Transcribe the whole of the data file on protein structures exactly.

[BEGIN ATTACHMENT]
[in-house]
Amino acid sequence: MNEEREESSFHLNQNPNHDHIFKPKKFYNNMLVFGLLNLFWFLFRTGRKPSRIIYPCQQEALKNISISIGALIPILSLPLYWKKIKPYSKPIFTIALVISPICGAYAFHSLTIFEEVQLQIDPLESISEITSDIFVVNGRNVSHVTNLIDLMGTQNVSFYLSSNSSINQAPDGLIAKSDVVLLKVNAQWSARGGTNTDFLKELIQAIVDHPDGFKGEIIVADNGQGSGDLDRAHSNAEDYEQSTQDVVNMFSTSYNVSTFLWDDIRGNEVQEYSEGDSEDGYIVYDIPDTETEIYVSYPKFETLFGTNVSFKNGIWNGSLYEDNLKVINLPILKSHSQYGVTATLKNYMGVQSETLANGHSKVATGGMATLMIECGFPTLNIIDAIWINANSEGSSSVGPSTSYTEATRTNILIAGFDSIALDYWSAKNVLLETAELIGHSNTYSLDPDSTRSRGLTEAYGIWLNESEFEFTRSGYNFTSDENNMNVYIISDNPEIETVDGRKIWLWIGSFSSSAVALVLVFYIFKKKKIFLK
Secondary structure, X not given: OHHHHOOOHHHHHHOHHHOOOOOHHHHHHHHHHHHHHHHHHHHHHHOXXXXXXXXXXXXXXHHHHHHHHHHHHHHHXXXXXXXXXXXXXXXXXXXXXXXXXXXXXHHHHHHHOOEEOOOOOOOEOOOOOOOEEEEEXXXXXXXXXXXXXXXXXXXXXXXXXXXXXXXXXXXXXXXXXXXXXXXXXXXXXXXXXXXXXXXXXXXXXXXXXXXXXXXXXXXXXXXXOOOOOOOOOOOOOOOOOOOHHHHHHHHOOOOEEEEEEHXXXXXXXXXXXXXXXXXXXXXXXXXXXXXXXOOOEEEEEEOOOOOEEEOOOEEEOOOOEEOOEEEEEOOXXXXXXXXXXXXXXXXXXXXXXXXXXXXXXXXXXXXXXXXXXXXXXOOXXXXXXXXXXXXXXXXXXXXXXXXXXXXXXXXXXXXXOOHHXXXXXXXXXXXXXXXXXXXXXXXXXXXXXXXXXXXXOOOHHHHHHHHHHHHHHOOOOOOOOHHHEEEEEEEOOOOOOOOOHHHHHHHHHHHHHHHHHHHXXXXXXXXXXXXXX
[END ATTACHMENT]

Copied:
[in-house]
Amino acid sequence: MNEEREESSFHLNQNPNHDHIFKPKKFYNNMLVFGLLNLFWFLFRTGRKPSRIIYPCQQEALKNISISIGALIPILSLPLYWKKIKPYSKPIFTIALVISPICGAYAFHSLTIFEEVQLQIDPLESISEITSDIFVVNGRNVSHVTNLIDLMGTQNVSFYLSSNSSINQAPDGLIAKSDVVLLKVNAQWSARGGTNTDFLKELIQAIVDHPDGFKGEIIVADNGQGSGDLDRAHSNAEDYEQSTQDVVNMFSTSYNVSTFLWDDIRGNEVQEYSEGDSEDGYIVYDIPDTETEIYVSYPKFETLFGTNVSFKNGIWNGSLYEDNLKVINLPILKSHSQYGVTATLKNYMGVQSETLANGHSKVATGGMATLMIECGFPTLNIIDAIWINANSEGSSSVGPSTSYTEATRTNILIAGFDSIALDYWSAKNVLLETAELIGHSNTYSLDPDSTRSRGLTEAYGIWLNESEFEFTRSGYNFTSDENNMNVYIISDNPEIETVDGRKIWLWIGSFSSSAVALVLVFYIFKKKKIFLK
Secondary structure, X not given: OHHHHOOOHHHHHHOHHHOOOOOHHHHHHHHHHHHHHHHHHHHHHHOXXXXXXXXXXXXXXHHHHHHHHHHHHHHHXXXXXXXXXXXXXXXXXXXXXXXXXXXXXHHHHHHHOOEEOOOOOOOEOOOOOOOEEEEEXXXXXXXXXXXXXXXXXXXXXXXXXXXXXXXXXXXXXXXXXXXXXXXXXXXXXXXXXXXXXXXXXXXXXXXXXXXXXXXXXXXXXXXXOOOOOOOOOOOOOOOOOOOHHHHHHHHOOOOEEEEEEHXXXXXXXXXXXXXXXXXXXXXXXXXXXXXXXOOOEEEEEEOOOOOEEEOOOEEEOOOOEEOOEEEEEOOXXXXXXXXXXXXXXXXXXXXXXXXXXXXXXXXXXXXXXXXXXXXXXOOXXXXXXXXXXXXXXXXXXXXXXXXXXXXXXXXXXXXXOOHHXXXXXXXXXXXXXXXXXXXXXXXXXXXXXXXXXXXXOOOHHHHHHHHHHHHHHOOOOOOOOHHHEEEEEEEOOOOOOOOOHHHHHHHHHHHHHHHHHHHXXXXXXXXXXXXXX